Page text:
Writers of crime fiction are often taken to task about sex and violence in books. The issue of whether the sex or violence is gratuitous is a stylistic one. We don’t seem to call extra scene-setting or characterization gratuitous. But if we are going to call sex and violence socially harmful, maybe we should take a look at some recent speculations about pornography.
In a way I am cheating here, since I am using research my husband developed and cited in a recent article on the Social Science Research Network.  He is Anthony D’Amato, a professor at Northwestern University School of Law.
Headlines today report a sharp decline in forcible rape.  Tony says, “Official figures just released show a plunge in the number of rapes per capita in the United States since the 1970s. Even when measured in different ways, including police reports and survey interviews, the results are in agreement: there has been an 85% reduction in sexual violence in the past 25 years. The decline is depicted in a chart prepared by the United States Department of Justice See The National Crime Victimization Survey The chart shows there were 2.7 rapes for every 1,000 people in 1980; by 2004 The same survey found the rate had decreased to 0.4 per 1000 people, a decline of 85%.“
There are many possible explanations for this decline, including women avoiding unsafe situations and sex education classes telling boys that no means no. But it’s hard to believe that they are sufficient to explain this large a change. In addition, decreased reporting appears not to be a factor. If anything, since the advent of more sympathetic treatment of victims by police, the courts, and society in general, the proportion of rapes reported has most likely increased.
As Tony says, “There is, however, one social factor that correlates almost exactly with the rape statistics. My theory is that the sharp rise in access to pornography accounts for the decline in rape. The correlation is inverse: the more pornography, the less rape. Pornographic magazines sharply increased in numbers in the 1970s and 1980s. Then came a seismic change: pornography became available on the new internet. Today, purveyors of internet porn earn a combined annual income exceeding the total of the major networks ABC, CBS, and NBC.“
National trends are one thing. Tony asked, what do the figures for the states show? From data compiled by the National Telecommunications and Information Administration in 2001, the four states with the lowest per capita access to the internet were Arkansas, Kentucky, Minnesota, and West Virginia. The four states with the highest internet access were Alaska, Colorado, New Jersey, and Washington.
While the nationwide incidence of rape was showing a drastic decline, the incidence of rape in the four states having the least access to the internet showed an actual increase in rape over the same time period. This result, Tony thought, was almost too clear and convincing, so to check it he compiled figures for the four states having the most access to the internet. Three out of four of these states showed declines (in New Jersey, an almost 50% decline). Alaska was an anomaly: it increased both in internet access and incidence of rape. However, the population of Alaska is less than one-tenth that of the other three states in its category. To adjust for the disparity in population, he took the combined population of the four states in each table and calculated the percentage change in the rape statistics:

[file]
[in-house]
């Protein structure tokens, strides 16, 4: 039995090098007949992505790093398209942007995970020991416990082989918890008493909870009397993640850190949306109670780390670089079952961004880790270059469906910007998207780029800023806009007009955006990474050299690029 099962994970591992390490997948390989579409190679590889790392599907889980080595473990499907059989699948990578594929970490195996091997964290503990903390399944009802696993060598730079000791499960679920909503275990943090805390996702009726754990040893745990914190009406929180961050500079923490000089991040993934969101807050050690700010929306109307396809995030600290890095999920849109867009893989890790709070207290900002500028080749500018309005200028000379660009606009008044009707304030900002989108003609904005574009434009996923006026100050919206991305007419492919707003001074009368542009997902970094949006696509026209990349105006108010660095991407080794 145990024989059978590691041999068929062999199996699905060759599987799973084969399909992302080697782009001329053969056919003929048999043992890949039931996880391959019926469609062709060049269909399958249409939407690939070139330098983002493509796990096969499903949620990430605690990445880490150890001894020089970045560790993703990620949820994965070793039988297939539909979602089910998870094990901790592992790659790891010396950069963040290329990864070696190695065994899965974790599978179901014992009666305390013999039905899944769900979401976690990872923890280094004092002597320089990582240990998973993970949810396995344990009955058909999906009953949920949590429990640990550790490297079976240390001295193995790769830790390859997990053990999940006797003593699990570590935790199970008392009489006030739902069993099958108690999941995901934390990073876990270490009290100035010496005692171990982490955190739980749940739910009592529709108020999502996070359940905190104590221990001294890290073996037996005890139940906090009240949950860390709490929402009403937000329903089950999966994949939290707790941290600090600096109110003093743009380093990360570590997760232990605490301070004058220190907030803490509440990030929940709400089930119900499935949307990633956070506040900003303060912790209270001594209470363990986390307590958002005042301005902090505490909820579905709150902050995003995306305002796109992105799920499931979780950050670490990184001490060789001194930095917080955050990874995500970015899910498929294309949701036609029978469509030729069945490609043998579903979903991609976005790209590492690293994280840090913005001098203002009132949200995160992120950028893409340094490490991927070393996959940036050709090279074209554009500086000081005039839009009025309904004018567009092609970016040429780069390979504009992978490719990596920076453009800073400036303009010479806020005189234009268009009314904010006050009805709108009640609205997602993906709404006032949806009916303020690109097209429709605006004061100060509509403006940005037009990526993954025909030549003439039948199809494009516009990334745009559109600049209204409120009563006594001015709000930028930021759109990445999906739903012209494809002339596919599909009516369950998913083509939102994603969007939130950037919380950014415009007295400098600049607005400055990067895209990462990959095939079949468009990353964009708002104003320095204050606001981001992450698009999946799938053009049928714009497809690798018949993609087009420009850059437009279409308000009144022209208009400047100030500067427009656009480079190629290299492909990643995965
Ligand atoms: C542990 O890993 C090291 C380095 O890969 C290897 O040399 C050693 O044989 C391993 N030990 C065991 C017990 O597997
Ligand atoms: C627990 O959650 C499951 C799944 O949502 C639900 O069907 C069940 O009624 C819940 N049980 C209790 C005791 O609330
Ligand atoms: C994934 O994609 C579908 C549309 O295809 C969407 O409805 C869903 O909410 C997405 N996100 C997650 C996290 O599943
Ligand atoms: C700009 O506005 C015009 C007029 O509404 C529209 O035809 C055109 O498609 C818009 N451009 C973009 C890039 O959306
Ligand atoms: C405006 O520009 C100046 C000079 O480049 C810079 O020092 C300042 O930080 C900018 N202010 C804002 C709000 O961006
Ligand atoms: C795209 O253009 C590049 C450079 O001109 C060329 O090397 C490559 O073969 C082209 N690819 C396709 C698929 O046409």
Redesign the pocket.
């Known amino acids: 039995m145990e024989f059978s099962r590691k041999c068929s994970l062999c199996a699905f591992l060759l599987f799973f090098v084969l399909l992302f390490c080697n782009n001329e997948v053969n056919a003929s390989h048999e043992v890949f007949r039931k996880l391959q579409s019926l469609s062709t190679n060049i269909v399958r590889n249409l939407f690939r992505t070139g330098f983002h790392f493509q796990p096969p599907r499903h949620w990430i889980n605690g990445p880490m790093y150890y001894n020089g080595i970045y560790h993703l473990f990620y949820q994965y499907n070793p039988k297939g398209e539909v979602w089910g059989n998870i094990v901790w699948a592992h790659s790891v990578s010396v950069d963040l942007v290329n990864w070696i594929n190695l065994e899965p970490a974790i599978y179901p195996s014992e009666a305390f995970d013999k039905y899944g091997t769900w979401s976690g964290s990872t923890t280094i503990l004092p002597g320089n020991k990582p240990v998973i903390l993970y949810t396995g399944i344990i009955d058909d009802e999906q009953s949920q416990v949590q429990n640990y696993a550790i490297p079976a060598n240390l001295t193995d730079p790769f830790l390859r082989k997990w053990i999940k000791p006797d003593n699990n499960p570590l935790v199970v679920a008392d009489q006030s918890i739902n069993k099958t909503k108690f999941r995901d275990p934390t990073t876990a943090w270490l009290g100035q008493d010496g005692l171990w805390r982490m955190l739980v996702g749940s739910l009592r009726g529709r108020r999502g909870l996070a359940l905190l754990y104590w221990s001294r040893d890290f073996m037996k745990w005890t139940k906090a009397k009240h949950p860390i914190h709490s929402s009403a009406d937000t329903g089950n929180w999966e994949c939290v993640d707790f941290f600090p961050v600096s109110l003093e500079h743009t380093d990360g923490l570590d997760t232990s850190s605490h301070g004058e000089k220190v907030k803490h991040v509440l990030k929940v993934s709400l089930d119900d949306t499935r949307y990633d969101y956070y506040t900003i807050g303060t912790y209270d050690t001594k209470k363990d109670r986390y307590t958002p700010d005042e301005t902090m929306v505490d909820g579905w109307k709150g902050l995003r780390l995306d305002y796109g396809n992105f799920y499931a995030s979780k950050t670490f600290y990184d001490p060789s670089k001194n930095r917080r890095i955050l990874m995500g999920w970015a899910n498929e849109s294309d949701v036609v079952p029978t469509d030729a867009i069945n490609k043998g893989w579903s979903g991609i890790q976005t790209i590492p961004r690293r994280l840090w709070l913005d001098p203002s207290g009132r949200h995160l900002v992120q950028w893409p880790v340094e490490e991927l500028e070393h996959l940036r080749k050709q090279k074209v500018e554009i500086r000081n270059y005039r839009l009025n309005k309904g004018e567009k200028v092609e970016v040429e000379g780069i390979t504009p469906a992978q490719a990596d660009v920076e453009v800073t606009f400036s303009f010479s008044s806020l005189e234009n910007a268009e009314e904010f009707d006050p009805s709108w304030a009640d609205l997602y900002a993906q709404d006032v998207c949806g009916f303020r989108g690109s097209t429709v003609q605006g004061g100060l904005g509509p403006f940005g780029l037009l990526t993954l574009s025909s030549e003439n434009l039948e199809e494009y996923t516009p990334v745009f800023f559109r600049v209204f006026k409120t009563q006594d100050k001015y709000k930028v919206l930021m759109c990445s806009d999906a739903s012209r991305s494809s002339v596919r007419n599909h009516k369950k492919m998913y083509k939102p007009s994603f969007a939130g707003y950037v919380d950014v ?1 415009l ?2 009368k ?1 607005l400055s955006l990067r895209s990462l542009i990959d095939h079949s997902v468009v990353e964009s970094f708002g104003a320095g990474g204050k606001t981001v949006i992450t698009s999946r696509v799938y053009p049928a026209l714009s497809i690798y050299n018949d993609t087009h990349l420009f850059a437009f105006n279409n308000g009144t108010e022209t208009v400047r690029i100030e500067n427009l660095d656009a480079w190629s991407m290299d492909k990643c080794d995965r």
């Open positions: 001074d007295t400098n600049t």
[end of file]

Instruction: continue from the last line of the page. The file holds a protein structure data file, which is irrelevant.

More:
Combined per capita percentage change in incidence of rape. 
Aggregate per capita increase or decline in rape:
Four states with lowest internet access--- Increase in rape of 53%
Four states with highest internet access--- Decrease in rape of 27%
These results he found to be statistically significant beyond the .95 confidence interval.
Tony’s interest in the rape-pornography question began in 1970 when he served as a consultant to President Nixon’s Commission on Obscenity and Pornography. The Commission concluded that there was no causal relationship between exposure to sexually explicit materials and delinquent or criminal behavior. The President was furious when he learned of the conclusion. When President Reagan put together a similar commission, he did not ask Tony to participate.
After the SSRN article posted, Tony received a lot of email, including messages from people with examples of similar effects outside the U.S. One man wrote from Australia that the same phenomenon had been noticed there. The Australian Crime and Safety Survey, which is published by the Australian Bureau of Statistics, reported a fifty per cent drop in forcible rape between 1995 and 2005, during which time internet access was rapidly increasing.
Of course, correlation is not cause. Killing turkeys doesn’t cause winter. But it’s not a stretch to suspect that for some people, watching porn can get the urge out of their systems. In addition, the ready availability of porn, as well as sex ed in the schools, may eliminate the forbidden fruit effect. Sex has been demystified.
Porn to many may be distasteful. Distasteful does not necessarily equal harmful.
In the words of the immortal Hercule Poirot, this gives one furiously to think.
 Porn Up Rape Down. Social Sciences Research Network, http://papers.ssrn.com/sol3/papers.cfm?abstract_id=913013
 For example, Washington Post, June 19, 2006; Chicago Tribune, June 21, 2006.
 Statistics on forcible rape compiled from http://www.disastercenter.com/crime/.